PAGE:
One of the things that upsets me about modern society is the coarseness of manners. You can’t go to a movie—or watch a television show for that matter—without hearing the constant use of the F-word—including, you know, ladies using it. People that I know don’t talk like that! But if you portray it a lot, the society’s going to become that way. It’s very sad.Yes, the ladies on TV are sadly quite pottymouthed these days.
And you can’t have a movie or a television show without a nude sex scene, very often having no relation to the plot. I don’t mind it when it is essential to the plot, as it sometimes is. But, my goodness! The society that watches that becomes a coarse society.
But at least they aren't weighing in on landmark Supreme Court decisions with opinions to the effect that legalizing gay marriage discriminates against homophobes (Specifically it hurts their feelings.)
The most notable portion of Scalia’s dissent isn’t the point about the court’s lack of jurisdiction, but the portion where he engages in straight-up right-wing victim-complex self-pity of the sort that would not be out of place in a Maggie Gallagher column. (Indeed, Maggie approvingly quotes this very passage.) Scalia moans at length that Justice Kennedy’s decision is mean to anti-gay marriage people. It is so mean to them! People who oppose gay marriage are the Real Victims here, because Justice Kennedy has accused them of demeaning gay people simply by wishing to deny them the right to marry:
But to defend traditional marriage is not to condemn, demean, or humiliate those who would prefer other arrangements, any more than to defend the Constitution of the United States is to condemn, demean, or humiliate other constitutions. To hurl such accusations so casually demeans this institution. In the majority’s judgment, any resistance to its holding is beyond the pale of reasoned disagreement. To question its high-handed invalidation of a presumptively valid statute is to act (the majority is sure) with the purpose to “disparage,” “injure,” “degrade,” “demean,” and “humiliate” our fellow human beings, our fellow citizens, who are homosexual. All that, simply for supporting an Act that did no more than codify an aspect of marriage that had been unquestioned in our society for most of its existence — indeed, had been unquestioned in virtually all societies for virtually all of human history. It is one thing for a society to elect change; it is another for a court of law to impose change by adjudging those who oppose it hostes humani generis, enemies of the human race.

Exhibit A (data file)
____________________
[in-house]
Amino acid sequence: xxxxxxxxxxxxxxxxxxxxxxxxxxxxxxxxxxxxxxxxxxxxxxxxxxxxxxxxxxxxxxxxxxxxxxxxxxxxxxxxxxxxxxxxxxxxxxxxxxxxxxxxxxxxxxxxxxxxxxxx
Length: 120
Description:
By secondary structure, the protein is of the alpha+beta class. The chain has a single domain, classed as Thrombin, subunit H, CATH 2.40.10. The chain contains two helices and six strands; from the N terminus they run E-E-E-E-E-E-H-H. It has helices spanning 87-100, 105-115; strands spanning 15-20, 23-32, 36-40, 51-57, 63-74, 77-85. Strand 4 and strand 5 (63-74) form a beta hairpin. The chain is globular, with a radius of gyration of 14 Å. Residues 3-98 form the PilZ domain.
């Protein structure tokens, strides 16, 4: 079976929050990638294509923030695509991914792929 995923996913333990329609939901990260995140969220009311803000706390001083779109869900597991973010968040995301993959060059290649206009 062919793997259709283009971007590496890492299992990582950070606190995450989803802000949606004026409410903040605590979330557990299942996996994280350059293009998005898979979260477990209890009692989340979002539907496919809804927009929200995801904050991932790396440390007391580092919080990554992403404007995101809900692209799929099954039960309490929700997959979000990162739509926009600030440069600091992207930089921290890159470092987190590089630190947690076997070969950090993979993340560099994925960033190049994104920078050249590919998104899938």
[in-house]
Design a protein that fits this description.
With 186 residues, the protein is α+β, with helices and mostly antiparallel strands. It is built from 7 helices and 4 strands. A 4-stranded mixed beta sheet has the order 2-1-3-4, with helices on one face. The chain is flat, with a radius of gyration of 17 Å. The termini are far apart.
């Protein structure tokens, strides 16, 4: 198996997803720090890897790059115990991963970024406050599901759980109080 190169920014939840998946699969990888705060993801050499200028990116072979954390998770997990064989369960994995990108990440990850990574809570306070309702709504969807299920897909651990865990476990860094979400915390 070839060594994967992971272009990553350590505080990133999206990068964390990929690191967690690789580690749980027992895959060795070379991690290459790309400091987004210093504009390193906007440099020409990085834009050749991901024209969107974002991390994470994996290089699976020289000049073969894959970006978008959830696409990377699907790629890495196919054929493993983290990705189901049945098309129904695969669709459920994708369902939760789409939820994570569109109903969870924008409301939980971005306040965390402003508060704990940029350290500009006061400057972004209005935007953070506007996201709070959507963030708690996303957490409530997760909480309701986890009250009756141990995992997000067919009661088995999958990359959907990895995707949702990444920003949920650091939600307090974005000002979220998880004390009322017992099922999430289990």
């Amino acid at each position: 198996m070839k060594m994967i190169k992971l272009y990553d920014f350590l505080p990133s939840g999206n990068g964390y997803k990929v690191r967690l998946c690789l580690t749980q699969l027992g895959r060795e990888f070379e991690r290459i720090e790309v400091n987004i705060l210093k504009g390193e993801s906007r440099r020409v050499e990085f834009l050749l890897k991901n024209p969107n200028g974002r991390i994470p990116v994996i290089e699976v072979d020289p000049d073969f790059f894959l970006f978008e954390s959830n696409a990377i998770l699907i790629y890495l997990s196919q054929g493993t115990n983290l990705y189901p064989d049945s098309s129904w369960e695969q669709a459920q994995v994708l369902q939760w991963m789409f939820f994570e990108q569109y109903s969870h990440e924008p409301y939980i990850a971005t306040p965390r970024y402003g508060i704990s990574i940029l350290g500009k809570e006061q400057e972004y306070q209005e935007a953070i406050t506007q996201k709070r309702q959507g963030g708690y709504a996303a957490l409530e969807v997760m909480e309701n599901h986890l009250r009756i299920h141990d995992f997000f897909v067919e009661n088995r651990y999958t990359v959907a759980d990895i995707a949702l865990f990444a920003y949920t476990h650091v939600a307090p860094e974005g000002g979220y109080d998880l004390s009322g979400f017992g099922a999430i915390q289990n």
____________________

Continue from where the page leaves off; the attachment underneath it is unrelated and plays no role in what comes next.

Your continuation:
I suppose the coarse ladies could also move to strike down key parts of the Voting Rights Act on the grounds that it "perpetuates racial entitlement." The pottymouth ladies haven't done that. Nor have they engaged in any of this coarse language.
Another great thing about the coarseness on TV or in the movies is that it doesn't carry the kind of legal weight that affects how people are allowed to live their lives. Which is different from what Scalia's can do.
Supreme Court Justice Antonin Scalia, who once made headlines nationwide after the Herald photographed him making what he called a “Sicilian” gesture with his hand under his chin, said in Medford yesterday he’s not afraid of the Boston newspaper.
“Can’t scare me,” the famously feisty judge told a Herald reporter yesterday in front of a laughing crowd at Tufts University. “I have life tenure.”
Also he believes in the Devil. But, of course, this is a man who has gone hunting with Dick Cheney so that's understandable.